The licensee is asked to specify the amount of materials needed for §35.300 uses because, typically, additional equipment and facilities are needed to safely handle materials used for such purposes, as compared with materials used for §35.100 and §35.200 purposes. Specification of the amount(s) assists the NRC license reviewer in evaluating the equipment and facilities, training and experience, and emergency plans needed by the licensee.

The model license is a sample. The specification of a possession limit in the sample is not intended to imply an upper limit on possession for all entities licensed under §35.300. Applicants may request other possession limits to meet their individual needs.

The sample license entry reflects the possession limit requested in the sample application for the license, under §35.12, which is not shown, as well as information on the licensee's program, personnel, facilities, as provided in the application. The entry also conforms to the authorization format for limited scope licenses for medical use for which written directives are required, which always include possession limits because of the greater risk associated with the byproduct materials employed, compared to those used for medical diagnostic purposes.

The "as needed" possession limit is only used by NRC for byproduct material permitted by §35.100 and §35.200, for medical diagnostic use, based on knowledge of quantities typically involved in such operations, so a possession limit applies only for §35.300 uses, and appears in the sample license.

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Meaning of "Physically Present"

When particular individuals are required to be "physically present" during various phases of several therapeutic medical uses, does NRC's meaning of "within hearing distance of normal voice" include through use of "walkie-talkies"? [10 CFR 35.615(f)] (Q&A ID 0802016)

No. Use of communication devices, including "walkie-talkies," would enable the identified individuals to be at a distance from the location of therapeutic medical use, and thus not "physically present" (i.e., "within hearing distance of normal voice"). However, use of communication devices, including "walkie-talkies," by identified individuals is permitted when the requirement is for the individual to be "immediately available" (i.e., "available on an on-call basis to respond to an emergency").

Refer to "Supplementary Information," Section V, "Summary of Changes Made Between the Current Part 35 and the Revised Part 35" for 10 CFR § 35.615, as published in the Federal Register on April 24, 2002.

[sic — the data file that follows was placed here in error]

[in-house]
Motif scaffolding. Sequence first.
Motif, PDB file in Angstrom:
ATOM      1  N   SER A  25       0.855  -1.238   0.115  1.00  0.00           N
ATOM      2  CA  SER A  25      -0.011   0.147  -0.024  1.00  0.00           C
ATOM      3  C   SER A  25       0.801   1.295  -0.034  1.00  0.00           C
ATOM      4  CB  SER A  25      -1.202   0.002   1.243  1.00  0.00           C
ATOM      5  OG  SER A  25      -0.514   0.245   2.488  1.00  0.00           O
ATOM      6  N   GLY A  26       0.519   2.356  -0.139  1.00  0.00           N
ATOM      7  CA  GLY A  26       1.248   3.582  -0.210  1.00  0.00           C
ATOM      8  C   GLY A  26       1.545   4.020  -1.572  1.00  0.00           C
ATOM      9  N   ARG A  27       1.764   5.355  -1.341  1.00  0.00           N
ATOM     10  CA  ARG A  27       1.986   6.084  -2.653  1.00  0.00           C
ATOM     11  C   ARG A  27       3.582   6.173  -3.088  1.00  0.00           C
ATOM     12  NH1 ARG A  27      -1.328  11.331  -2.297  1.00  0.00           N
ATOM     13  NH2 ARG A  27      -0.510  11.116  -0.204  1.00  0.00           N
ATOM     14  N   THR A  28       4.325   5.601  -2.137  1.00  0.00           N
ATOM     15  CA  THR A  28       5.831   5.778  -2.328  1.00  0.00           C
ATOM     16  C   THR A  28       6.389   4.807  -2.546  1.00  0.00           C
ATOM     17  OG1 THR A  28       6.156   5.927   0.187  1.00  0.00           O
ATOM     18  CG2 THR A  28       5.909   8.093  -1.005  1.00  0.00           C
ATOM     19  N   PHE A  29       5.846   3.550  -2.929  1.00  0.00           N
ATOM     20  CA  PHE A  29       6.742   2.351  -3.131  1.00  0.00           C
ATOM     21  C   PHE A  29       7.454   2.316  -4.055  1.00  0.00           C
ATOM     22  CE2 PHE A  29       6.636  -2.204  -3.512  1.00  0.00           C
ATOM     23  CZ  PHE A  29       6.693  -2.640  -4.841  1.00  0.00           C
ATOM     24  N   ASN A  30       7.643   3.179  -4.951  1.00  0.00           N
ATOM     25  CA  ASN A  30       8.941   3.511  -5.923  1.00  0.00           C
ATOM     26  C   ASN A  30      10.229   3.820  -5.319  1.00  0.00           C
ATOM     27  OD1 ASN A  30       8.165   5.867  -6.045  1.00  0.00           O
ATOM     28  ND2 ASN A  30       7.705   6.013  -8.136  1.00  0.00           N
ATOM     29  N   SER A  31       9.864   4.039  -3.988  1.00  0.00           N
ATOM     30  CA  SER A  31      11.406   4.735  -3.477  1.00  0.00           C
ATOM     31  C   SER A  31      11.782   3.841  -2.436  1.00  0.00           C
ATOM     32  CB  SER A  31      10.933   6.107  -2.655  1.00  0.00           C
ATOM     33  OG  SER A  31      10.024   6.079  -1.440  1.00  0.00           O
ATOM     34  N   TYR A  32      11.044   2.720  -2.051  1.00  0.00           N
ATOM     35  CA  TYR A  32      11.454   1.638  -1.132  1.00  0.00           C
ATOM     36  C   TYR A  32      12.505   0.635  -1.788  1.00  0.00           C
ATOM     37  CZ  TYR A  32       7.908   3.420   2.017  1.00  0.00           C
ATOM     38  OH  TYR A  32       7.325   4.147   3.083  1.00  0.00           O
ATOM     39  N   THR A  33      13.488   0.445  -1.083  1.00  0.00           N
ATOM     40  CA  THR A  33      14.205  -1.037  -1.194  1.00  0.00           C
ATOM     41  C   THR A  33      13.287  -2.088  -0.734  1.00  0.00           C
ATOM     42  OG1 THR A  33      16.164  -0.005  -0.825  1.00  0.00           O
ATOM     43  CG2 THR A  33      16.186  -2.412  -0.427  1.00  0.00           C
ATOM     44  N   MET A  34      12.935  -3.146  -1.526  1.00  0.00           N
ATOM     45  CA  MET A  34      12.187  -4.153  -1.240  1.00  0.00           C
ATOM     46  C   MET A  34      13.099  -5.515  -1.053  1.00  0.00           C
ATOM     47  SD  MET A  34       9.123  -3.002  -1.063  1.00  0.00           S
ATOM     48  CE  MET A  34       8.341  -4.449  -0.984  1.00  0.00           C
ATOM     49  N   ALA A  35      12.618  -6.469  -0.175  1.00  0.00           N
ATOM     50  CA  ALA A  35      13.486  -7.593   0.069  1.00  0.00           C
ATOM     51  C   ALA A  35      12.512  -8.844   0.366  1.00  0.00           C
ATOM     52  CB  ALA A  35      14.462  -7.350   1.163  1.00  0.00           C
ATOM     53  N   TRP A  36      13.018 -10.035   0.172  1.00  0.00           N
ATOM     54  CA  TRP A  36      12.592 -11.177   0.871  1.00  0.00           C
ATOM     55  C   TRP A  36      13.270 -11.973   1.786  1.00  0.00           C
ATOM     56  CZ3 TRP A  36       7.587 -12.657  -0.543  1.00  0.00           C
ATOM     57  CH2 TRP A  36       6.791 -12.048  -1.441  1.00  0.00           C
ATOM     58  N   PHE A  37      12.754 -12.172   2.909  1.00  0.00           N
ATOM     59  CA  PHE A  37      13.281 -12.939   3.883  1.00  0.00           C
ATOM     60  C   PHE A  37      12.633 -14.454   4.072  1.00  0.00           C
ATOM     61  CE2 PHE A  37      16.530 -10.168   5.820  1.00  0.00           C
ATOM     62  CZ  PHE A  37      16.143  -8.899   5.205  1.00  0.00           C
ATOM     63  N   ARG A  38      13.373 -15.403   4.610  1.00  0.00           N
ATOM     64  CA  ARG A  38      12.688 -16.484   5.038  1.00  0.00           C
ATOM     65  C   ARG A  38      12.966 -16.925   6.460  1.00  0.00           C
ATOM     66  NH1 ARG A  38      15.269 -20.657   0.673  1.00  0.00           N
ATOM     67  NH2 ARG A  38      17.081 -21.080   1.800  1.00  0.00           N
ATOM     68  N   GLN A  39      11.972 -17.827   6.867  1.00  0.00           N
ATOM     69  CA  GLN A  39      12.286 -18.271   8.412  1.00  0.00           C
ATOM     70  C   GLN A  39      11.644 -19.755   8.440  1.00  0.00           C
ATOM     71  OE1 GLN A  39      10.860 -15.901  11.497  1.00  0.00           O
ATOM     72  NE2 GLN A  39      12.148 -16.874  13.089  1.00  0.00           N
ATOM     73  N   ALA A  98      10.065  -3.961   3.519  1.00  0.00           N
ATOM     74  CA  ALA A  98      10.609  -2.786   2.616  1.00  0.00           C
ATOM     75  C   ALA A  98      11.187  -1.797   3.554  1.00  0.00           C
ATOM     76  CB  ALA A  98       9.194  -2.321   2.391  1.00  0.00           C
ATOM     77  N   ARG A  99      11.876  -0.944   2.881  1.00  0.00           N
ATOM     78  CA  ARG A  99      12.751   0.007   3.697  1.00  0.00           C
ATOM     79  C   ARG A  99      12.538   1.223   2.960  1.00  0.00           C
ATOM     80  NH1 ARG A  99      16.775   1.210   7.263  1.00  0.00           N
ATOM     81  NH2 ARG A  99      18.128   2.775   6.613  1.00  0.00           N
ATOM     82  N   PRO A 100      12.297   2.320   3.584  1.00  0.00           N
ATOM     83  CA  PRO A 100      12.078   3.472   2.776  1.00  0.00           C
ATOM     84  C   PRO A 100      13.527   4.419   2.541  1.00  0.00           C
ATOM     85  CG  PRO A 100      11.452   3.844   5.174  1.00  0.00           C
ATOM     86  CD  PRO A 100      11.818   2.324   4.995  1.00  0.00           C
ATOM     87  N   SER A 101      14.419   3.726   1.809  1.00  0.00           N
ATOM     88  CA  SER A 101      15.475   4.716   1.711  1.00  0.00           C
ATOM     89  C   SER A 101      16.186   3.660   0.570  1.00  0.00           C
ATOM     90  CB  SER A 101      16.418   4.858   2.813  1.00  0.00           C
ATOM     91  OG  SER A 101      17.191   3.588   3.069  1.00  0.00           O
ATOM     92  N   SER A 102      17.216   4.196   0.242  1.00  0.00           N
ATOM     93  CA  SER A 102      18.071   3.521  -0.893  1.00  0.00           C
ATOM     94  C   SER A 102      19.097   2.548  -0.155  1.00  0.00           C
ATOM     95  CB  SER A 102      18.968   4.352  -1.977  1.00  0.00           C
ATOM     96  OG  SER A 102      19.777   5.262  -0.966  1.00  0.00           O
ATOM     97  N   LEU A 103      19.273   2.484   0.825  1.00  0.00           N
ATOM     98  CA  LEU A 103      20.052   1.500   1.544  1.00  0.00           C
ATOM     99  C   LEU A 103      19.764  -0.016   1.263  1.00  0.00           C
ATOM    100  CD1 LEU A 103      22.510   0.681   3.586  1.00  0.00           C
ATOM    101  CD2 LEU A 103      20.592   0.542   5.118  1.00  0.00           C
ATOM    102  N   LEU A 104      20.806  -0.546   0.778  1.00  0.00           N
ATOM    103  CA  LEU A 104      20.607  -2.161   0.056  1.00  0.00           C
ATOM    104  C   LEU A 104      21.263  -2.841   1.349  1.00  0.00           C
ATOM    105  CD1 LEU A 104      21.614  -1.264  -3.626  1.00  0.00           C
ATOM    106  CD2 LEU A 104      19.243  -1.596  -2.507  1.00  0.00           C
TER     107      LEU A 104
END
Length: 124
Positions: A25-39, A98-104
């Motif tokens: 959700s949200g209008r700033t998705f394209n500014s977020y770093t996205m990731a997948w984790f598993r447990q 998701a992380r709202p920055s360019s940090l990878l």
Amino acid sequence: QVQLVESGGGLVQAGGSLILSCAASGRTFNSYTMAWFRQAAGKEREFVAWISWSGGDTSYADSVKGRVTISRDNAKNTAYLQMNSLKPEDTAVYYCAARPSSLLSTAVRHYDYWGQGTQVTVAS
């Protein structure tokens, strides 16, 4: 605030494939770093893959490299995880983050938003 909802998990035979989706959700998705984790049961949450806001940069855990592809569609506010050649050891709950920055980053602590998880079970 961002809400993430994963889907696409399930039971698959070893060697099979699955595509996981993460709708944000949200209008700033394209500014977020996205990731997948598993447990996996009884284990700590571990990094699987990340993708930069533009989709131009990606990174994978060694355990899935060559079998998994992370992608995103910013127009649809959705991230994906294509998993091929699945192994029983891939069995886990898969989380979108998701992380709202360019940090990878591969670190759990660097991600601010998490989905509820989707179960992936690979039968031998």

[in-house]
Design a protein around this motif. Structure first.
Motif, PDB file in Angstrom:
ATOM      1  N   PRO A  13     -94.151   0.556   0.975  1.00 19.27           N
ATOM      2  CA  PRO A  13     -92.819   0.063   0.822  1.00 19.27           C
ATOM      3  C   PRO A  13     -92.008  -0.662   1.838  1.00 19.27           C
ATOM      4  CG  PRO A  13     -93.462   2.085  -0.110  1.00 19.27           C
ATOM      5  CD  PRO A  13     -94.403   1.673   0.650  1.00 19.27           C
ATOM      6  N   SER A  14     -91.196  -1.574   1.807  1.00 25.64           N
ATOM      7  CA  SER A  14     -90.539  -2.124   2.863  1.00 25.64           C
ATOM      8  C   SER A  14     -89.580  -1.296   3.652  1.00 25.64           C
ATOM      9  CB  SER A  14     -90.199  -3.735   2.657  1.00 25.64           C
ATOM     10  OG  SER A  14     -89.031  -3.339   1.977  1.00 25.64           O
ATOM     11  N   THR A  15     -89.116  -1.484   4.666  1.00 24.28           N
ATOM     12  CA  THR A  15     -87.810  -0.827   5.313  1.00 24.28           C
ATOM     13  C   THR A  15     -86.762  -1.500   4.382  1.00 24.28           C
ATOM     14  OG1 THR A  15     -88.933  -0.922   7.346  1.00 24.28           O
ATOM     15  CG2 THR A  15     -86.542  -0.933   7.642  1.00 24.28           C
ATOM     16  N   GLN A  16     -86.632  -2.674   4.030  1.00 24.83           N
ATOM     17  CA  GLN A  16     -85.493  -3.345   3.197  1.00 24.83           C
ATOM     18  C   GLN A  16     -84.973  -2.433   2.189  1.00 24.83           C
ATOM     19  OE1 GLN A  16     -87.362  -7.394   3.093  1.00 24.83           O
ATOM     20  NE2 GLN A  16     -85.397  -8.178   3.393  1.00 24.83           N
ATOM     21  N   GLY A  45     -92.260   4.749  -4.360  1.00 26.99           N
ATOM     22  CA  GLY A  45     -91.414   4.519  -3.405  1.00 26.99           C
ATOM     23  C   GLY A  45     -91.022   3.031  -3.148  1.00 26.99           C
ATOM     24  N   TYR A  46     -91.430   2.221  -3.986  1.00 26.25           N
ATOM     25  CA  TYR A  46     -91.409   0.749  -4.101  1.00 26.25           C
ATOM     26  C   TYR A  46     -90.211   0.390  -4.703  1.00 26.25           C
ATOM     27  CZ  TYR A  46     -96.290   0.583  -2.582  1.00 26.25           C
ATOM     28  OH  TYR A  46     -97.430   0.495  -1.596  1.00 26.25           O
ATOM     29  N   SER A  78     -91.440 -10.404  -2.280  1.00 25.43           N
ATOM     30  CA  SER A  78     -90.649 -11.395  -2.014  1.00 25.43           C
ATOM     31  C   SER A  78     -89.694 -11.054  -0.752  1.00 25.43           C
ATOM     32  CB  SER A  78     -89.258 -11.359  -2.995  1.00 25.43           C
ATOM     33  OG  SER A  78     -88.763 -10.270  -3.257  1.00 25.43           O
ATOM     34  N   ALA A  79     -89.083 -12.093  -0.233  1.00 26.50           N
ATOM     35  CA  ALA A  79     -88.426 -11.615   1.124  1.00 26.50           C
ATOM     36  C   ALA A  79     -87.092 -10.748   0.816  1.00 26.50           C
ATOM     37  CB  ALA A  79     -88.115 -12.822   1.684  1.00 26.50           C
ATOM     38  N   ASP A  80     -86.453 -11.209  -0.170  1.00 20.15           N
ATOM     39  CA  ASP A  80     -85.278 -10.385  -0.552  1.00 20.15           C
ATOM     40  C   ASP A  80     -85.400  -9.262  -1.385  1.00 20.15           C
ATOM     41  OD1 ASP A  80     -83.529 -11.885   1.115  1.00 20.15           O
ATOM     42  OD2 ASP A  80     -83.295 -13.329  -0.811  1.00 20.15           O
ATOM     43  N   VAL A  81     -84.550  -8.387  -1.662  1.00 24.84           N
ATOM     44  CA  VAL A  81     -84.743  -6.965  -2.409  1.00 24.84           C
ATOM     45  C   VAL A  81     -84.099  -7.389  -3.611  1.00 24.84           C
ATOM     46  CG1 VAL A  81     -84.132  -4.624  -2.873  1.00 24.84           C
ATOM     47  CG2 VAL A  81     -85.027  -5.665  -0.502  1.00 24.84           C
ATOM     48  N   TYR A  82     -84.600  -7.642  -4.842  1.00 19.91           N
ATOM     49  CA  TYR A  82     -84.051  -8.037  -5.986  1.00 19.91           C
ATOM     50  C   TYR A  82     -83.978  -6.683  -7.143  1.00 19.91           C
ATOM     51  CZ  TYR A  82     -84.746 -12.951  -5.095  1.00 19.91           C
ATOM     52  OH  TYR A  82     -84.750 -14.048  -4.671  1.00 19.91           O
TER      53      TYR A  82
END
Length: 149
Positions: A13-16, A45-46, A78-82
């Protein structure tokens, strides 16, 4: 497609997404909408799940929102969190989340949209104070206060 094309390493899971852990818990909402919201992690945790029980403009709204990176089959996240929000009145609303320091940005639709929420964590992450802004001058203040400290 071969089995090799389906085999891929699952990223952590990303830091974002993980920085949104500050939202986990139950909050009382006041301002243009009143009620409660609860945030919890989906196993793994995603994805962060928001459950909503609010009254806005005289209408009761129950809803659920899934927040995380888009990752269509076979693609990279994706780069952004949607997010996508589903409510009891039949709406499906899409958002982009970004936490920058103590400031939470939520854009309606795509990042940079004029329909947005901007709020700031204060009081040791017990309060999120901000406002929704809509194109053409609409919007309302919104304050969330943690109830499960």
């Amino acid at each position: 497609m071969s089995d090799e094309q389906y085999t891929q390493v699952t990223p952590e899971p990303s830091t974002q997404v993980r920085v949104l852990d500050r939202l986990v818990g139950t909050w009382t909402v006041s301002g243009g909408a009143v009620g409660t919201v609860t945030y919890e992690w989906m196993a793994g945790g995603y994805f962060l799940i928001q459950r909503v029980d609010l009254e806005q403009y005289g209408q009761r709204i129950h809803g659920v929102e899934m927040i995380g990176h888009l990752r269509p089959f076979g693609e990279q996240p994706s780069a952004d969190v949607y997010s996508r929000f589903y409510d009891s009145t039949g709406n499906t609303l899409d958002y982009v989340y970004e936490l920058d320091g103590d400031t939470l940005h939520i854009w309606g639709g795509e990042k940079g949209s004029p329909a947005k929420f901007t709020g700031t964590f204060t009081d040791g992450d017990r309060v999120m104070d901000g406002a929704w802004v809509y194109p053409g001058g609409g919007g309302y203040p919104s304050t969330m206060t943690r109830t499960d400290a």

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Medical Event and Patient Intervention

a) How does a licensee determine if an event is a "medical event" (which is reportable to NRC) or an event involving patient intervention (which is not reportable to NRC)?

b) What threshold is used to make that determination? [10 CFR 35.2, 35.3045] (Q&A ID 0902003)

a) "Patient intervention" is defined in § 35.2 as "actions by the patient or human research subject, whether intentional or unintentional..." and examples are provided in the definition, for guidance as to when patient intervention has occurred. Section 35.3045(b) indicates when the consequences of patient intervention are serious enough for the event to be reported as a "medical event."

b) Per § 35.3045(b), if intervention of a patient or human research subject in the administration of byproduct material or radiation from byproduct material results or will result in unintended permanent functional damage to an organ or a physiological system, as determined by a physician, the event is reportable to NRC as a "medical event." Even though the threshold for reporting medical events is high, licensees are expected to continue to act reasonably, in accordance with prevailing standards of care, to prevent medical events caused by intervention of patients or human research subjects.

Refer to "Supplementary Information," Section III, "Summary of Public Comments and Responses to Comments" and Section V, "Summary of Changes Made Between the Current Part 35 and the Revised Part 35" for 10 CFR 35.3045, as published in the Federal Register on April 24, 2002.

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Medical Events -- Definition

Do medical events only apply to uses of byproduct material that require a written directive? [10 CFR 35.2, 35.3045(a)] (Q&A ID 0802030)

No. "Medical event" means an event that meets the criteria in § 35.3045(a). However, because these reporting criteria include dose-based thresholds, it is unlikely that a medical event would be associated with a medical use that does not require a written directive.

Refer to "Supplementary Information," Section III, "Summary of Public Comments and Responses to Comments" for 10 CFR § 35.3045, as published in the Federal Register on April 24, 2002.

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Minimization of Contamination

What is an adequate response from an applicant on how contamination will be minimized in its facility? [10 CFR 20.1406] (Q&A ID 0802038)

For guidance on preparing such a response, see NUREG-1556, Vol. 9, "Consolidated Guidance About Materials Licenses: Program-Specific Guidance About Medical Use Licenses," Section 8.27 (Guidance).